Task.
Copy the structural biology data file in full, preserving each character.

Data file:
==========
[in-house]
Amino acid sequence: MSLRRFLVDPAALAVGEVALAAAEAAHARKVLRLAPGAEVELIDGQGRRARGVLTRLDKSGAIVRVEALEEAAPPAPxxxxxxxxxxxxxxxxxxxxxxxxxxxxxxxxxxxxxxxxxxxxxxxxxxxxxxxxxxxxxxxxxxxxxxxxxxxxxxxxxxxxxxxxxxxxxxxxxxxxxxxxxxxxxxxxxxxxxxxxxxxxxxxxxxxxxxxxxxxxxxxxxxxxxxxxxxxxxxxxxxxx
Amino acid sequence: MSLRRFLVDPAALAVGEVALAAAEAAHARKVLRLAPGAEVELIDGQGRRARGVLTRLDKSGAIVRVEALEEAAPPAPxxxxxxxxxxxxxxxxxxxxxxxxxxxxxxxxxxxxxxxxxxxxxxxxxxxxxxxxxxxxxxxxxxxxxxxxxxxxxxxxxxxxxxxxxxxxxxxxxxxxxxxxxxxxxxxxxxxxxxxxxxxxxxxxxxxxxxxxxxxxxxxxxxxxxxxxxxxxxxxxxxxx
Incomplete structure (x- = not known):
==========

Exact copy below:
[in-house]
Amino acid sequence: MSLRRFLVDPAALAVGEVALAAAEAAHARKVLRLAPGAEVELIDGQGRRARGVLTRLDKSGAIVRVEALEEAAPPAPxxxxxxxxxxxxxxxxxxxxxxxxxxxxxxxxxxxxxxxxxxxxxxxxxxxxxxxxxxxxxxxxxxxxxxxxxxxxxxxxxxxxxxxxxxxxxxxxxxxxxxxxxxxxxxxxxxxxxxxxxxxxxxxxxxxxxxxxxxxxxxxxxxxxxxxxxxxxxxxxxxxx
Amino acid sequence: MSLRRFLVDPAALAVGEVALAAAEAAHARKVLRLAPGAEVELIDGQGRRARGVLTRLDKSGAIVRVEALEEAAPPAPxxxxxxxxxxxxxxxxxxxxxxxxxxxxxxxxxxxxxxxxxxxxxxxxxxxxxxxxxxxxxxxxxxxxxxxxxxxxxxxxxxxxxxxxxxxxxxxxxxxxxxxxxxxxxxxxxxxxxxxxxxxxxxxxxxxxxxxxxxxxxxxxxxxxxxxxxxxxxxxxxxxx
Incomplete structure (x- = not known):